Barring a late-night trade, the Washington Bullets have narrowed their first-round choice in today's NBA draft to six possibilities, General Manager Bob Ferry said.

"Our most pressing need is for a player who can immediately contribute at guard, forward or center," Ferry said yesterday from his Capital Centre office. " Dwayne Washington, Brad Sellers, Kenny Walker could be there. Walter Berry, John Williams and Mark Alarie, too. Those are all guys we would consider taking."

Ferry, Coach Kevin Loughery and his assistants, Bill Blair and Fred Carter, spent yesterday viewing films of the various players. There also was a 1 1/2-hour meeting with owner Abe Pollin to discuss the possibilities for the 12th overall selection.

Late last night, there were unconfirmed reports that the Bullets were working on a trade with the Philadelphia 76ers. The proposed deal had Washington sending center Jeff Ruland and forwards Dan Roundfield and Cliff Robinson to Philadelphia for center Moses Malone.

Ferry could not be reached for comment regarding the report, which had spread from coast to coast by the early-morning hours. Under NBA rules, any deals completed but not announced before the midnight trading deadline cannot be disclosed until the completion of the second round of the draft.

The 76ers have the first pick in the draft and reportedly are leaning toward center Brad Daugherty of North Carolina. Boston, which picks second, is very high on Maryland's Len Bias, unless it decides to take a center and taps William Bedford of Memphis State or Chris Washburn of North Carolina State.

It seems that the Bullets' most glaring need is at point guard, given the free agent status of Gus Williams; the condition of Frank Johnson, another free agent who has been injured for most of the past two seasons, and the erratic play of Leon Wood.

However, Ferry gave the impression that he is leaning toward a bigger player. Washington, from Syracuse, is the only true point guard on the list of six and is expected to last until the Bullets select.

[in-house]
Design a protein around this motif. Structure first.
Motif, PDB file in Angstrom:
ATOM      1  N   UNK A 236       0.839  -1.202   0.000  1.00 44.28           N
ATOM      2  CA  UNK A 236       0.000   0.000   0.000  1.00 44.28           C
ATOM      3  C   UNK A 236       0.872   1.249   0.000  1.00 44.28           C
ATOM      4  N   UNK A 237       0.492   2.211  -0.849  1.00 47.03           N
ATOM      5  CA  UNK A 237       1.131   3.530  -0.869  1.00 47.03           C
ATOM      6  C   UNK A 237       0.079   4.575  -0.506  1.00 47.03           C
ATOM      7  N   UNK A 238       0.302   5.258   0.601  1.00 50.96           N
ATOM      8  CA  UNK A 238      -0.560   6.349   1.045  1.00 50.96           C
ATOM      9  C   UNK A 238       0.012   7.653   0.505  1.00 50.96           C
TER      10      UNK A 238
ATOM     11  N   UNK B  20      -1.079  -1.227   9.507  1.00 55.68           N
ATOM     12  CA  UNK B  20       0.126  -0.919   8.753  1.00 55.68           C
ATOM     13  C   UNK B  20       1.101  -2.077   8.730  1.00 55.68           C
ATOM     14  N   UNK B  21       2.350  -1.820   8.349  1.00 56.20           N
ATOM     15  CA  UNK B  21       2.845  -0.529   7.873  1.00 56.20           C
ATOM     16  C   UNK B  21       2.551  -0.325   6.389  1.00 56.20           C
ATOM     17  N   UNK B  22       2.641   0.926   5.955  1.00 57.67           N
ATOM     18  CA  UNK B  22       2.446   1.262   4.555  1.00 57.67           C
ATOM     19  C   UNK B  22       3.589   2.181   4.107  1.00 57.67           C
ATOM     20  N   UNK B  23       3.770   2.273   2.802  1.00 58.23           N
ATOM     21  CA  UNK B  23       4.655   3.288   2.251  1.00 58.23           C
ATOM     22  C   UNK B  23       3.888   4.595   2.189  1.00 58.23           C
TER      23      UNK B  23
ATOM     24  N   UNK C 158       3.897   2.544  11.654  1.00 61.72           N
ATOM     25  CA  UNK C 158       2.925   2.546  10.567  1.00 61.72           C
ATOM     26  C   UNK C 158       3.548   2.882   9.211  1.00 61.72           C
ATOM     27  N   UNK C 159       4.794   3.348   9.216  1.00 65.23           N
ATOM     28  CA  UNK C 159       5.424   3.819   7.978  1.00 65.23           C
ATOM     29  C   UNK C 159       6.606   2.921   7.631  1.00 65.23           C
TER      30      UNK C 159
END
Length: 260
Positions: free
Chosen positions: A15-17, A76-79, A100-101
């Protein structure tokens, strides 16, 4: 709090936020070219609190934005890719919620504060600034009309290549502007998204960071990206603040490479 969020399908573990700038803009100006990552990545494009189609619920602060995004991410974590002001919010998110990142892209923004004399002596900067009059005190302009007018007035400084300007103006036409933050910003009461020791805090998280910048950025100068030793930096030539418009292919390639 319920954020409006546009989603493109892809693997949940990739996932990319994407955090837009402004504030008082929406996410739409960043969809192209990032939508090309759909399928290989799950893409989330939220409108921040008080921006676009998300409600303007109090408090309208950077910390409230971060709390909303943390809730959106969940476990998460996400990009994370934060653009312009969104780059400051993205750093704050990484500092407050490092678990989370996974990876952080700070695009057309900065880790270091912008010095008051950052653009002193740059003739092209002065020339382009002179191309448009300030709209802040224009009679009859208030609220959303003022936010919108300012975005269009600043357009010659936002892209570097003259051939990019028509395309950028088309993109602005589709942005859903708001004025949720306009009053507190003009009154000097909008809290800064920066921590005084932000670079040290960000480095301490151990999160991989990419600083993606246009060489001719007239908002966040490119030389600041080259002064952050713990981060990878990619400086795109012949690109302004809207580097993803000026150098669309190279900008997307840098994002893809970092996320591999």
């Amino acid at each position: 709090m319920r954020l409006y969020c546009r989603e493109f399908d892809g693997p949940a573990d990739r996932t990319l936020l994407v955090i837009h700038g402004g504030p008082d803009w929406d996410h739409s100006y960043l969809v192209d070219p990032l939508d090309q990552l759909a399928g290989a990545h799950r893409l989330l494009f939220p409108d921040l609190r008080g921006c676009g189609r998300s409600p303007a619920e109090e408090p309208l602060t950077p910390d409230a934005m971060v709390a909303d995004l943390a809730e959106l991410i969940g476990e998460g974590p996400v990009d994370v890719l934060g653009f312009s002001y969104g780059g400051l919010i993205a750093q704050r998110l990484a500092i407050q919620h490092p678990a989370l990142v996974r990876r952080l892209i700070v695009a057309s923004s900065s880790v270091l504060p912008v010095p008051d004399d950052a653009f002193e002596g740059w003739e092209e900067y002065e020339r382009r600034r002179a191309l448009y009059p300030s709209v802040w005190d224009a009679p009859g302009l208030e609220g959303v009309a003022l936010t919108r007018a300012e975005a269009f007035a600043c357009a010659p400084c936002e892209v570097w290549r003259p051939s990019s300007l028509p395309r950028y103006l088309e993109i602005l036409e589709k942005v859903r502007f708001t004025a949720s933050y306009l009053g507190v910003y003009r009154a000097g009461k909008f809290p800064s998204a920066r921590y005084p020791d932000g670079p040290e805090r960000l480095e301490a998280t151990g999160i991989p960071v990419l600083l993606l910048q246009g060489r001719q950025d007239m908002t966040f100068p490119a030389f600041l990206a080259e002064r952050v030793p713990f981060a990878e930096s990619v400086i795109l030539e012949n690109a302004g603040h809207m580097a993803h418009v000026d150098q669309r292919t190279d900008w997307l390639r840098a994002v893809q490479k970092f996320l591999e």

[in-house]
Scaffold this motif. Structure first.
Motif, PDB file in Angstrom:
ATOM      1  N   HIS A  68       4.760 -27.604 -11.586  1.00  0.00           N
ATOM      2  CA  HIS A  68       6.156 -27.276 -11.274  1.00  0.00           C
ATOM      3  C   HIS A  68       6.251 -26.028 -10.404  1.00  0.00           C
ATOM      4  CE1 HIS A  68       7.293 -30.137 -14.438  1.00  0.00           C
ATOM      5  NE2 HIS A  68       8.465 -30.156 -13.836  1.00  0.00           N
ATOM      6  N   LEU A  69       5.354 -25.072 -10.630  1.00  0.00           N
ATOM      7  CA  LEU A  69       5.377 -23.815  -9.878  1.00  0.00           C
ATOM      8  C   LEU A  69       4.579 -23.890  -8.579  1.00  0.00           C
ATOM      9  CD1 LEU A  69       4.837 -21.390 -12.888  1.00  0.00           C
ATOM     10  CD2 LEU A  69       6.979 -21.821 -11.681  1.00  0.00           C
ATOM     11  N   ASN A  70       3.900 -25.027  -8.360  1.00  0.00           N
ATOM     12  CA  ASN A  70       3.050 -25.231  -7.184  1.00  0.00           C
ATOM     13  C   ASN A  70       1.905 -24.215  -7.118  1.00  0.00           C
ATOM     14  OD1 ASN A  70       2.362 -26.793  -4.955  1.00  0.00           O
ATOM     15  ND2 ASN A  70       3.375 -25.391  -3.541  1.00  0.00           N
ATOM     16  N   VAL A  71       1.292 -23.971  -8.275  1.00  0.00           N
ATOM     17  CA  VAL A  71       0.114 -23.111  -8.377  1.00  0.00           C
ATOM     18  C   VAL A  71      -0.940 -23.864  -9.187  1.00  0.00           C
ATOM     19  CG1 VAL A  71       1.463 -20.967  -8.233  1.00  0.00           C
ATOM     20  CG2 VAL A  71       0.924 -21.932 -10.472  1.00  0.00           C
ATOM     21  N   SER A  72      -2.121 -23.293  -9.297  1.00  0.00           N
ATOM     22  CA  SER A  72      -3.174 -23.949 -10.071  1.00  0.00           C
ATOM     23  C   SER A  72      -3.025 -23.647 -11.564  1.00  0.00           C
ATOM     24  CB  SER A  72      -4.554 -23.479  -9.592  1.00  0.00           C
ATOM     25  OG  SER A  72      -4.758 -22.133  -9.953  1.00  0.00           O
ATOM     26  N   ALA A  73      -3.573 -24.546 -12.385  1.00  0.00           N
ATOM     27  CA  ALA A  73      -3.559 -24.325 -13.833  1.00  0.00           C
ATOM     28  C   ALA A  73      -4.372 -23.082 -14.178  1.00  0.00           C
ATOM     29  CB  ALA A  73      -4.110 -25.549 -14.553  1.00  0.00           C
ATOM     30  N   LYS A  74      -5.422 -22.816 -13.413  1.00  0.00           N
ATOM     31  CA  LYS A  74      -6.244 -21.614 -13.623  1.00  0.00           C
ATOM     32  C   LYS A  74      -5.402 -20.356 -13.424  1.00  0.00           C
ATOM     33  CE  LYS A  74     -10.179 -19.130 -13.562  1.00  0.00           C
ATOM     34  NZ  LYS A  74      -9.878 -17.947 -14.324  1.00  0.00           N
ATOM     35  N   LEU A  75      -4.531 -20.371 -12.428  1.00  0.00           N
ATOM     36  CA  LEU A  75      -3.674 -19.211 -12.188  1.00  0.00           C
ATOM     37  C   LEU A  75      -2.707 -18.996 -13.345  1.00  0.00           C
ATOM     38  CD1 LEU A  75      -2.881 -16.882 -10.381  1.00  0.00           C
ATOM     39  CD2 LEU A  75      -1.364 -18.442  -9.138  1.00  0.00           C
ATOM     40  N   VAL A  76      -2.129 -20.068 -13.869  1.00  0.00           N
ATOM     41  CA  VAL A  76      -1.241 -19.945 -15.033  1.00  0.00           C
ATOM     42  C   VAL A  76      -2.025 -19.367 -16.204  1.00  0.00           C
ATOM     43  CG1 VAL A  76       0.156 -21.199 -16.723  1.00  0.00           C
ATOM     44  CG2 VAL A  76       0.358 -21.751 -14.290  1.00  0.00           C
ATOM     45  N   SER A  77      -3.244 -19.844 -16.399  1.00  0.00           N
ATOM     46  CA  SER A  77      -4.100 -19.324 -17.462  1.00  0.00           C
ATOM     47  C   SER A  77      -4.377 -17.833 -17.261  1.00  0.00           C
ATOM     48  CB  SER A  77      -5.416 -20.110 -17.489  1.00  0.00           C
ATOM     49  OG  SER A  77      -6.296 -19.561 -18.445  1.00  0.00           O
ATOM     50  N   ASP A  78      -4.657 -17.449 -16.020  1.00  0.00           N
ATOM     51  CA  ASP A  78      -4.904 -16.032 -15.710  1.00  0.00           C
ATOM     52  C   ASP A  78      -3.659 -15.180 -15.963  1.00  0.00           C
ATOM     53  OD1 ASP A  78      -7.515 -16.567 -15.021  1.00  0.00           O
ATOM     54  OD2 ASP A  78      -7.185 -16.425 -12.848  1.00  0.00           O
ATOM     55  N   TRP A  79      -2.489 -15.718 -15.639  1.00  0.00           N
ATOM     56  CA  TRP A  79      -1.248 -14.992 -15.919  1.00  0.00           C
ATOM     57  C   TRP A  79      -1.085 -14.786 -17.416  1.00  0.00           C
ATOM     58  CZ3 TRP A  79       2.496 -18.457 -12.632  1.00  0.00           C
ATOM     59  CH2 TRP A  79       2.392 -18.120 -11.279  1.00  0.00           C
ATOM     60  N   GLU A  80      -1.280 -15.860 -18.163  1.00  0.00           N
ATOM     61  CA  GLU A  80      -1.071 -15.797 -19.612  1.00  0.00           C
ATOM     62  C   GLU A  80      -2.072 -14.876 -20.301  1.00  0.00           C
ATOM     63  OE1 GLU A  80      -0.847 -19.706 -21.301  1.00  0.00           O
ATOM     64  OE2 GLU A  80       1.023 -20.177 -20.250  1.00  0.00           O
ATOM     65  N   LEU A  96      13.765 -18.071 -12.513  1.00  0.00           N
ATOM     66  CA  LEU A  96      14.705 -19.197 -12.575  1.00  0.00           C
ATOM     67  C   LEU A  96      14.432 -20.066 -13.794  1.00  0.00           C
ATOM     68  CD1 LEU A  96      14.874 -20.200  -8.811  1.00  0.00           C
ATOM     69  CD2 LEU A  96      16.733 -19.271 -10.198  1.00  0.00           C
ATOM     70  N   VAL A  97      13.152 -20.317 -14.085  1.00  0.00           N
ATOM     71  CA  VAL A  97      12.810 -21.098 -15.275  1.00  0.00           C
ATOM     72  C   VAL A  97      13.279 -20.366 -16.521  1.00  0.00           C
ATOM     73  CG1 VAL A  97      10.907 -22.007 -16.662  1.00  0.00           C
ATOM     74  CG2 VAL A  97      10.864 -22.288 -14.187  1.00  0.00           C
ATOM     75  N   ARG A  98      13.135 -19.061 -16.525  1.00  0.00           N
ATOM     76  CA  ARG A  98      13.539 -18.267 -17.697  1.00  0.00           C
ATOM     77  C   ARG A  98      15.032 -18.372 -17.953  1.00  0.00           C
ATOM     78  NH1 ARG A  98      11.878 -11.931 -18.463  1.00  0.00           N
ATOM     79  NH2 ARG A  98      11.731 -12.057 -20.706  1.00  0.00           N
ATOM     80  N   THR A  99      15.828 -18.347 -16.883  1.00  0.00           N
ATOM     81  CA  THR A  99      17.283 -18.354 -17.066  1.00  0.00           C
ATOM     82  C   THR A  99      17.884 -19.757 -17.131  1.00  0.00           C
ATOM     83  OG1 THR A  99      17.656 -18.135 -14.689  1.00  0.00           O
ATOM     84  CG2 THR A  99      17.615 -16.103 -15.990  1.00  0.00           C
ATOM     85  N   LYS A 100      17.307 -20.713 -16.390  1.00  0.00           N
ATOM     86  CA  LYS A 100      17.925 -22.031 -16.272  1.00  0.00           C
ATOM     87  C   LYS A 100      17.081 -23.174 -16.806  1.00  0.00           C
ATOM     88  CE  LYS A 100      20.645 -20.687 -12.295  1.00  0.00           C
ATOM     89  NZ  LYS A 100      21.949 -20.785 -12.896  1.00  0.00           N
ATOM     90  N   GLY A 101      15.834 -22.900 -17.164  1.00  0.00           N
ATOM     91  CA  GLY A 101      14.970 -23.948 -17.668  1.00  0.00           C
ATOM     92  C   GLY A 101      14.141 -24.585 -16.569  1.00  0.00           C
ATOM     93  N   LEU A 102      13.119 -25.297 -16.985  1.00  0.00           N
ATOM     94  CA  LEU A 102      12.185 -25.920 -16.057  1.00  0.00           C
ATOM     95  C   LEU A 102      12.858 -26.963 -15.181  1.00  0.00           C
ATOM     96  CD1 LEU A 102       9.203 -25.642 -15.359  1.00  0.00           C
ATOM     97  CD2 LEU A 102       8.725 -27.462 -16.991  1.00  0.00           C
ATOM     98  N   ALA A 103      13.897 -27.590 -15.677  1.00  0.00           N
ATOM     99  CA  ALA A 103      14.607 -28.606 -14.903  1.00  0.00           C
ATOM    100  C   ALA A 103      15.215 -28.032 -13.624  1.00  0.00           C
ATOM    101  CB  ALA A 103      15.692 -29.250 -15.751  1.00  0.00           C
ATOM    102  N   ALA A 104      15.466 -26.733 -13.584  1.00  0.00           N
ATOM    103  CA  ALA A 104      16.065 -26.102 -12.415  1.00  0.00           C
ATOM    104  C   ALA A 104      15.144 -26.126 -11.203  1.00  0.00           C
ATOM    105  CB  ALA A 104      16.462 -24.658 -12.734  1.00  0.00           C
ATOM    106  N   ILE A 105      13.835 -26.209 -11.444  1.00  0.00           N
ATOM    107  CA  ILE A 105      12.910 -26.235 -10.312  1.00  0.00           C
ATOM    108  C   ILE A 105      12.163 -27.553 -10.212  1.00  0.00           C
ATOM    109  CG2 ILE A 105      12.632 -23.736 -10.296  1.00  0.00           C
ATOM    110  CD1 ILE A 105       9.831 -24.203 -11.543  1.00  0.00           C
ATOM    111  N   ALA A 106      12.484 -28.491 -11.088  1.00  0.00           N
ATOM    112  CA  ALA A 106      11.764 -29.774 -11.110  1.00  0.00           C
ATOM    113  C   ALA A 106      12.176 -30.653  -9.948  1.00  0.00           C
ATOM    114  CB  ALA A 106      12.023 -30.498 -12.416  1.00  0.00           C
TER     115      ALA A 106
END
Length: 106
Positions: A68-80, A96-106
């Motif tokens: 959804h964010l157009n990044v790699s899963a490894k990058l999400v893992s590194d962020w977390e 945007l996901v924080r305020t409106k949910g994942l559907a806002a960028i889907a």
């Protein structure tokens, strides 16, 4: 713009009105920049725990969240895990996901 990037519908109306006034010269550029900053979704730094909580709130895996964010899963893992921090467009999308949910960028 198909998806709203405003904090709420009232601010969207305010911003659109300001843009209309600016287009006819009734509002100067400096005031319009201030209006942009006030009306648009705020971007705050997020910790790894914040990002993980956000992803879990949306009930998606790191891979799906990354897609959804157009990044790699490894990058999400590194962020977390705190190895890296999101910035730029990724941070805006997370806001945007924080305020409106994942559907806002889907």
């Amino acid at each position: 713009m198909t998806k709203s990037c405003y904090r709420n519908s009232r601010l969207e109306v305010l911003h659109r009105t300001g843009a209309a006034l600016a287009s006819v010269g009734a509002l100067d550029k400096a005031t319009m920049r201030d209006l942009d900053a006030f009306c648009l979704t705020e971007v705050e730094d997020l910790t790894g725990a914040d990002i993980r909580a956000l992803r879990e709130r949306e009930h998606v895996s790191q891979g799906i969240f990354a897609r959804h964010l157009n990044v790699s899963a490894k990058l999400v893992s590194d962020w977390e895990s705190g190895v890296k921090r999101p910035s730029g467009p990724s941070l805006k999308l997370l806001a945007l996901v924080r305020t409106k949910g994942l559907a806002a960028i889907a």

"There are a couple of guys on the list we like more than others, but at least one of them will be gone when we pick, maybe both," said a Bullets spokesman. "That's why you have to look at a number of people. What if you have your heart set on them and both are picked? What's your thinking then?"

Of the players on the Bullets' shopping list, Sellers and Williams are the highest projected players. Sellers, a 7-foot center/forward from Ohio State, could be selected anywhere from the seventh pick on. Williams, a 6-7 forward from LSU, who is joining the pros after only two years of college basketball, may go earlier than 12th because of his great potential.

When asked if the Bullets were indeed looking for a big player in the draft, another source said: "Not necessarily. Who we pick depends on the team we have tomorrow," an indication that the team was still trying to either move up in the draft or make a deal for veteran talent.

Loughery conceded yesterday that "a lot of talk" has been going on regarding a possible deal and told WRC-TV: "The Bullets could be part of it."

Another report circulating had Houston center/forward Ralph Sampson coming to Washington for Robinson and the 12th pick, but Ferry scoffed at the idea.

"I talked with them Sunday ," he said. "Houston isn't going to trade Ralph Sampson. They'd be nuts."

The Bullets have been the major wheelers and dealers of the past two drafts, making trades for Gus Williams, Robinson, Roundfield and for the pick that brought Manute Bol. Such maneuvering has been more difficult this season for a number of reasons, Ferry said.

"There's the salary cap, along with the fact that there have been a lot of front-office changes. A lot of new coaches don't know who they've got. They don't know their teams."

Another trade rumor had Boston, apparently intent on dealing Robert Parish, sending the center along with its first-round draft choice next year to Detroit for guard Joe Dumars and the No. 11 pick today.

In Dallas, there was talk that Mavericks forward Mark Aguirre, the No. 7 choice and further considerations would be dealt to the Golden State Warriors for center Joe Barry Carroll.

Ferry said, "Unless you have the No. 1 pick, other teams are really making your decisions for you," but the 76ers -- who do have today's first pick -- seem equally perplexed.

"We're sitting tight. We haven't decided yet," 76ers General Manager Pat Williams told the Associated Press. "We have to wait until we see what comes up. I don't think you get your best offers until the last minute."

Although there were reports that some members of the organization were leaning toward Bedford, Philadelphia is expected to take Daugherty with the first choice. At a news conference yesterday in New York, Daugherty said: "Philadelphia would be a great opportunity and a lot of fun because they're a team with a winning tradition and a lot of great veterans. They can teach me a lot."